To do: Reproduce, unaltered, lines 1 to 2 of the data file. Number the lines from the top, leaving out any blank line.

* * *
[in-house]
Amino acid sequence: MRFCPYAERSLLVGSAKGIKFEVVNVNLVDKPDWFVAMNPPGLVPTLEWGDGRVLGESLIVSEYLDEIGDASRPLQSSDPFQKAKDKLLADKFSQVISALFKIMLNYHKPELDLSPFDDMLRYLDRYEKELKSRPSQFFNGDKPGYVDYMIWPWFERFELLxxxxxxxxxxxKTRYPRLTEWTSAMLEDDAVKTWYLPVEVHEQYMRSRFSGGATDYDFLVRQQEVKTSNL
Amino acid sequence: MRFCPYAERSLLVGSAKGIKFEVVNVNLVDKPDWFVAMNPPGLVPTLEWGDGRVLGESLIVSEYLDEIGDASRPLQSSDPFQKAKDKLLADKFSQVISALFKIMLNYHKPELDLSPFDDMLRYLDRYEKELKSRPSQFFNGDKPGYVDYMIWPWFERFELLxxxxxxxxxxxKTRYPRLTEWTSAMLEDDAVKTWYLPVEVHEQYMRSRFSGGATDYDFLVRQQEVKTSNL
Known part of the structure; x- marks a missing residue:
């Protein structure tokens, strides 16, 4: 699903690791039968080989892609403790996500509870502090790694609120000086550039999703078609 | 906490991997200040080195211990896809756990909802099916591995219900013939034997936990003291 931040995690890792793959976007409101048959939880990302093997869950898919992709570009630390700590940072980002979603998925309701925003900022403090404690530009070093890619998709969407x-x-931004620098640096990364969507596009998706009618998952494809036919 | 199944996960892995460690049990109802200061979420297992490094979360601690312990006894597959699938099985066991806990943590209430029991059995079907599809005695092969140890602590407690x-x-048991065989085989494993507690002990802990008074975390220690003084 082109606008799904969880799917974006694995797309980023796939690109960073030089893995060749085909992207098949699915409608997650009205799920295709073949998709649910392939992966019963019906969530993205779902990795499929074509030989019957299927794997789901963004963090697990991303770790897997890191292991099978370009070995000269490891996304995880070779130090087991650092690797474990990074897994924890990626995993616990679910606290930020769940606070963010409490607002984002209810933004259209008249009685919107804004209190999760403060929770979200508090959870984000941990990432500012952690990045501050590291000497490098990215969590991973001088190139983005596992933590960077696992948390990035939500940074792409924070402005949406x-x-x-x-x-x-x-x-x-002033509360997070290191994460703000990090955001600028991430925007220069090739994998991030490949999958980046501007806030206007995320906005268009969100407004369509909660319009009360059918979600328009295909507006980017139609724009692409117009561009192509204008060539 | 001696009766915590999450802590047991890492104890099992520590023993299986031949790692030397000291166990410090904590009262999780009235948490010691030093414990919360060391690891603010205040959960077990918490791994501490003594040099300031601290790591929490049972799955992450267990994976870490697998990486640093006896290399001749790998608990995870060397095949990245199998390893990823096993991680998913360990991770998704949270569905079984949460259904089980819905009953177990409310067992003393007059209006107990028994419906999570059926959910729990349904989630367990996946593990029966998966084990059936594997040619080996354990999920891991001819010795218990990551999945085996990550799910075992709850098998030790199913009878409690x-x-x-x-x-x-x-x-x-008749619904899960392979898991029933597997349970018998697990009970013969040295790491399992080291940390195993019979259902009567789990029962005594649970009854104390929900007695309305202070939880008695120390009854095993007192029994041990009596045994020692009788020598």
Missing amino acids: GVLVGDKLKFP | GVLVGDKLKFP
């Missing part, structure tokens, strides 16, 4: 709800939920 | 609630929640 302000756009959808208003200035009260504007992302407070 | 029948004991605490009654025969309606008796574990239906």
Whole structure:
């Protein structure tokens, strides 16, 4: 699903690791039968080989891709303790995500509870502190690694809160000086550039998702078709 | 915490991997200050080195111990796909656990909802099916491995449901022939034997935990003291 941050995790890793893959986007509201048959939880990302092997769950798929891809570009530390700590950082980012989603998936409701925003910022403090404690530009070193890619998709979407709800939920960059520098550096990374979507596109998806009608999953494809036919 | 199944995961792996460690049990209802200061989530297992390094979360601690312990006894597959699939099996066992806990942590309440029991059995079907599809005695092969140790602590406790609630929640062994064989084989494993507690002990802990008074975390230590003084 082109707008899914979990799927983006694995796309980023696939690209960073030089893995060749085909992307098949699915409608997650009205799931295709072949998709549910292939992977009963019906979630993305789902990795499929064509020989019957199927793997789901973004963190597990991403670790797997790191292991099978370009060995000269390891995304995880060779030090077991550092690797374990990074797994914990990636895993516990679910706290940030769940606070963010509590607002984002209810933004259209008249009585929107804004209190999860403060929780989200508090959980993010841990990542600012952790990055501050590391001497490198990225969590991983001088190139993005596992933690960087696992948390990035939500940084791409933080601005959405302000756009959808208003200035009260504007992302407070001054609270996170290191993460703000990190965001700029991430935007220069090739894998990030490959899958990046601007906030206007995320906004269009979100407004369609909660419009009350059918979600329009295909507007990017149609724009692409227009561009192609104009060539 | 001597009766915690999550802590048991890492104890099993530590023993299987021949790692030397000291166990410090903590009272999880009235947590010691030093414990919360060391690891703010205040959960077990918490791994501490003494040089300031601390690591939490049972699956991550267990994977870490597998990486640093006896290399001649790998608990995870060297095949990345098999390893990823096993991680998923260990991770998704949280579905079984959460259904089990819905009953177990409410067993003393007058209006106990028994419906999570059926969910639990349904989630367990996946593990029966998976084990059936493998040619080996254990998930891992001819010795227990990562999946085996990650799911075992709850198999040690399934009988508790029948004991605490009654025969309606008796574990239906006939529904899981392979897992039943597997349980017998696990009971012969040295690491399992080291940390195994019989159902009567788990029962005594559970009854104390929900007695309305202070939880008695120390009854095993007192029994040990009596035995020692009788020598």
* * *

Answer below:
[in-house]
Amino acid sequence: MRFCPYAERSLLVGSAKGIKFEVVNVNLVDKPDWFVAMNPPGLVPTLEWGDGRVLGESLIVSEYLDEIGDASRPLQSSDPFQKAKDKLLADKFSQVISALFKIMLNYHKPELDLSPFDDMLRYLDRYEKELKSRPSQFFNGDKPGYVDYMIWPWFERFELLxxxxxxxxxxxKTRYPRLTEWTSAMLEDDAVKTWYLPVEVHEQYMRSRFSGGATDYDFLVRQQEVKTSNL